In the quantum world, making the simple atom behave is one thing, but making the more complex molecule behave is another story. Now Northwestern University scientists have figured out an elegant way to stop a molecule from tumbling so that its potential ...

Researchers awarded $1.5 million to develop software to process solar astronomy data on larger scale

September 2, 2014 11:43 am | by EurekAlert! | News | Comments

Researchers in Georgia State University's new Astroinformatics program have been awarded $1.5 million from the National Science Foundation to develop software tools that can process large sets of solar astronomy data and allow scientists to perform analyses on scales and detail levels that have not been possible....

Nano-forests to reveal secrets of cells

September 2, 2014 11:40 am | by EurekAlert! | News | Comments

Vertical nanowires could be used for detailed studies of what happens on the surface of cells. The findings are important for pharmaceuticals research, among other applications. A group of researchers from Lund University in Sweden have managed to make artificial cell membranes form....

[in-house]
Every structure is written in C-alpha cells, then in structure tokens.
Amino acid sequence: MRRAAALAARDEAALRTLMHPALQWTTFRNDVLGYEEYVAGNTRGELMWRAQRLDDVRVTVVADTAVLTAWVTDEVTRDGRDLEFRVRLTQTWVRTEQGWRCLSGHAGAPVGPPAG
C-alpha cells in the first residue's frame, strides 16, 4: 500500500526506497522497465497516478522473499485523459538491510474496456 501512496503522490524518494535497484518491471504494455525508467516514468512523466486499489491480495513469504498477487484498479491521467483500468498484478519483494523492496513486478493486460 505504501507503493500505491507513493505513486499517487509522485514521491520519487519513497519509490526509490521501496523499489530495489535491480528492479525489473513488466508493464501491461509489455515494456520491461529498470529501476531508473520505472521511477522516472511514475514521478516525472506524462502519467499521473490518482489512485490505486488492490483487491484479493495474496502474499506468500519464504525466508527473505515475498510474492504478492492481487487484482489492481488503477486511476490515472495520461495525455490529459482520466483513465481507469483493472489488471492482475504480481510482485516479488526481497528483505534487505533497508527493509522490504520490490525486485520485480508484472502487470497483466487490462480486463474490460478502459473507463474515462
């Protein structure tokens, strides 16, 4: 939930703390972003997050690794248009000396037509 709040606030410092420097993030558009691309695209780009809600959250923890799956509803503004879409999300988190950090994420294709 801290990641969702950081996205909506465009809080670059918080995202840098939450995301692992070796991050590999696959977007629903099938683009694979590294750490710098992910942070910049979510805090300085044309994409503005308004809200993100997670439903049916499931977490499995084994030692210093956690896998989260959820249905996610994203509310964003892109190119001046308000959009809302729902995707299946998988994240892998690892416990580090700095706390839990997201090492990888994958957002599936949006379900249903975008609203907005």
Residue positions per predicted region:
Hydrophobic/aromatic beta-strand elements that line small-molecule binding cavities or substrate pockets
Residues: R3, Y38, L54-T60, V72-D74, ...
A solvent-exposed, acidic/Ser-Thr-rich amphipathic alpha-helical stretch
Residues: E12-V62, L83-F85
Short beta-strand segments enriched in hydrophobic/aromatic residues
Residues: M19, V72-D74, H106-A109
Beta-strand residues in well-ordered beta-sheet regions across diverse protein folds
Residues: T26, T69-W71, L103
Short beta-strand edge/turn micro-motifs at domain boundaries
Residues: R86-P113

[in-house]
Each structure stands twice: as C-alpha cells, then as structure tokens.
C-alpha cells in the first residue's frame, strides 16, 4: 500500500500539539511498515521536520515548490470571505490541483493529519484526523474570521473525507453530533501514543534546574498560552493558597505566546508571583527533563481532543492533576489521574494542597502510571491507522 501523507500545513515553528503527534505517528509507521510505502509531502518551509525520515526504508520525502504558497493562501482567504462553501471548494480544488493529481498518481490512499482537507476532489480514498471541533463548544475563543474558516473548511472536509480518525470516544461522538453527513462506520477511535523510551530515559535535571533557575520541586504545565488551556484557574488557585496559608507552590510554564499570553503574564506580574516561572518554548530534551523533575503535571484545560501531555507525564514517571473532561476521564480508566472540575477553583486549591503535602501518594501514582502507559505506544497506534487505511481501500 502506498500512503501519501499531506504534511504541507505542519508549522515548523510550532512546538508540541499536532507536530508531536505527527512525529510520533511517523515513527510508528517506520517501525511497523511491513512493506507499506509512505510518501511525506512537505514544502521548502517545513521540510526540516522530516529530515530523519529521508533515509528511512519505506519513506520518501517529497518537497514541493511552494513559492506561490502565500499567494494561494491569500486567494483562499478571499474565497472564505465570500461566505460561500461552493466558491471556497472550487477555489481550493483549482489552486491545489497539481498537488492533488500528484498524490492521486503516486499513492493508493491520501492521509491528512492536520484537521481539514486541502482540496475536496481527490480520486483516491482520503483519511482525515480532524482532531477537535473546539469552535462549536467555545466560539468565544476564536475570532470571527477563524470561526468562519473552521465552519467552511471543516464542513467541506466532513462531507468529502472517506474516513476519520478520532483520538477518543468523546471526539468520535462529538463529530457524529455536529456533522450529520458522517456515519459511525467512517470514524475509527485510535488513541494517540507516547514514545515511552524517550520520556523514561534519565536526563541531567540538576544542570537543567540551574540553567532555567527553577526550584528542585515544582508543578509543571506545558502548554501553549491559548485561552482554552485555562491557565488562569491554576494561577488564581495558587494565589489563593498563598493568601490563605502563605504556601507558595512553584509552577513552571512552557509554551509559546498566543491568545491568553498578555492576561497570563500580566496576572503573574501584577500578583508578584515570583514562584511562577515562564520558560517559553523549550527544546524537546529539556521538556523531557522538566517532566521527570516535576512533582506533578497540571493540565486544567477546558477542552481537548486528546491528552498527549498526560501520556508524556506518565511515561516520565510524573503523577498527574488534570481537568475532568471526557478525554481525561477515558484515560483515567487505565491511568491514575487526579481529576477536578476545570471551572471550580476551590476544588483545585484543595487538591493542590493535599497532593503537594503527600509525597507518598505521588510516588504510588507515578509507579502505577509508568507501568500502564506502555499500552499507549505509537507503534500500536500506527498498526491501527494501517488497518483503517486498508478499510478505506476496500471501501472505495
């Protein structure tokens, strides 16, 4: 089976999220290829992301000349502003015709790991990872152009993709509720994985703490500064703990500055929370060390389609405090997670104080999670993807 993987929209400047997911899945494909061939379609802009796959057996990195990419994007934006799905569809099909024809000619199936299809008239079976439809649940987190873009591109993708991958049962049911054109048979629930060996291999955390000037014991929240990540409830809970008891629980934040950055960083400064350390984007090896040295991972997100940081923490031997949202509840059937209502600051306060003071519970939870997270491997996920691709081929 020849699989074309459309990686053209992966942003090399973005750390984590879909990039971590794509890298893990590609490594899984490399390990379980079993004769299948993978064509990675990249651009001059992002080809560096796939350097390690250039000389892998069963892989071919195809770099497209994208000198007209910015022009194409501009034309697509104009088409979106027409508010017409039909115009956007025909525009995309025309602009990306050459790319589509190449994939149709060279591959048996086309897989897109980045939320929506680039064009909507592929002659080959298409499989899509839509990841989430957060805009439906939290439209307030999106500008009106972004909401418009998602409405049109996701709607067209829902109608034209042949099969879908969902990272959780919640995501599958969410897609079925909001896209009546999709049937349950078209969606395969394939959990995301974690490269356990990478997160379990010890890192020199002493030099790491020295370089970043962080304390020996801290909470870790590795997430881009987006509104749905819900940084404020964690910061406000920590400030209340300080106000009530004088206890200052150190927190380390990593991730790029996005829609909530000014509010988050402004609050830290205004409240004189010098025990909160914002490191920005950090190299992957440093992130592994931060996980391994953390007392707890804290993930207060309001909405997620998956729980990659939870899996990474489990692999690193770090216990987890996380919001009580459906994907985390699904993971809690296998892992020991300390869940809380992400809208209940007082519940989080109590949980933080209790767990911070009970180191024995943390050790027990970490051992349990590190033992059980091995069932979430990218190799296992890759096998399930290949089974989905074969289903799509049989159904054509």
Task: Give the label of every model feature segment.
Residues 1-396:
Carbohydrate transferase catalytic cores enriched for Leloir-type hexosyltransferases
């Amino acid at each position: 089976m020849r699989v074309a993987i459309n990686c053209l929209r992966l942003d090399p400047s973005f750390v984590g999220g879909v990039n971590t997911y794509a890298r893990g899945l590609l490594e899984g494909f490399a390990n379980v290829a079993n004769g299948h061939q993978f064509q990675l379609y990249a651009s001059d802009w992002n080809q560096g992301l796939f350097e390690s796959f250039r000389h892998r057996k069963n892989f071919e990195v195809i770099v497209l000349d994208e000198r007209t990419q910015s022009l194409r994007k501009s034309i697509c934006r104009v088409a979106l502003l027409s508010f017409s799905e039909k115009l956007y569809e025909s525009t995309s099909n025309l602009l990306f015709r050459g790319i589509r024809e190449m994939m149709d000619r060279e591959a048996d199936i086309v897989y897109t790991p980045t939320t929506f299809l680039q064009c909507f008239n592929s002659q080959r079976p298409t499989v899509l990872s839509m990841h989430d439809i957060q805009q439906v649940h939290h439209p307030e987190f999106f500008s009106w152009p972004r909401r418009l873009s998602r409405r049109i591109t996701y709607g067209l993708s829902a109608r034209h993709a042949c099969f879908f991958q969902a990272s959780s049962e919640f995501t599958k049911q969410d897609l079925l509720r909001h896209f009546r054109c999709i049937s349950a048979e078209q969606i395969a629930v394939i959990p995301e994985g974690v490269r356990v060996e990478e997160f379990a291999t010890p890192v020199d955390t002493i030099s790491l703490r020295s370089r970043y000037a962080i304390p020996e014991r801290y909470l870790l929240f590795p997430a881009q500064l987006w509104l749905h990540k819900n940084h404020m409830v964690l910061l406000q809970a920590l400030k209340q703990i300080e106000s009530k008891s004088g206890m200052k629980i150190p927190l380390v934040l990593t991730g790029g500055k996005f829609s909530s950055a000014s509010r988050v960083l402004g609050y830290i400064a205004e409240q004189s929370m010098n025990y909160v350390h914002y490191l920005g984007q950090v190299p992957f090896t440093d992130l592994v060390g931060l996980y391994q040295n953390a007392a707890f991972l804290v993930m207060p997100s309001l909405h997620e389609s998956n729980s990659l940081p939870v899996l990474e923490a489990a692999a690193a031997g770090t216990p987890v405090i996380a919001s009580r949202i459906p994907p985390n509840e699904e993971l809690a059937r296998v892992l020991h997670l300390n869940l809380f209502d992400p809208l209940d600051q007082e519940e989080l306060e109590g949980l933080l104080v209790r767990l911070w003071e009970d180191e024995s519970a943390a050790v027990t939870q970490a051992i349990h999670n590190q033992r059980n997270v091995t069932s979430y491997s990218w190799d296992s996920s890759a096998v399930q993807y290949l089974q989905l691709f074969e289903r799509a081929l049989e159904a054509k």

Preventing emergencies with home automation

August 28, 2014 2:09 pm | by Christian DeFeo, eSupplier and Innovation Manager, element14 | Blogs | Comments

The engineers in the Forget Me Not Challenge are hard at work on their designs as we approach the one-month mark, and Embedit Electronics and Cypress Semiconductor recently provided them with the new RPiSoC development platform to help bring their imagined creations to life. One theme that has been consistent throughout the competition is the idea that home automation technology can prevent a household emergency.

NASA's TRMM Satellite sees powerful towering storms in Cristobal

August 28, 2014 9:18 am | by EurekAlert! | News | Comments

NASA's TRMM satellite identified areas of heavy rainfall occurring in Hurricane Cristobal as it continued strengthening on approach to Bermuda. NASA's Tropical Rainfall Measuring Mission or TRMM satellite flew above Hurricane Cristobal on August 26 at 11:35 UTC (7:35 a.m. EDT) gathering rainfall data....

Experiments explain why some liquids are 'fragile' and others are 'strong'

August 28, 2014 9:13 am | by EurekAlert! | News | Comments

Only recently has it become possible to accurately "see" the structure of a liquid. Using X-rays and a high-tech apparatus that holds liquids without a container, Kenneth Kelton, PhD, the Arthur Holly Compton Professor in Arts & Sciences at Washington University in St. Louis, was able to compare the behavior of glass-forming liquids as they approach the glass transition....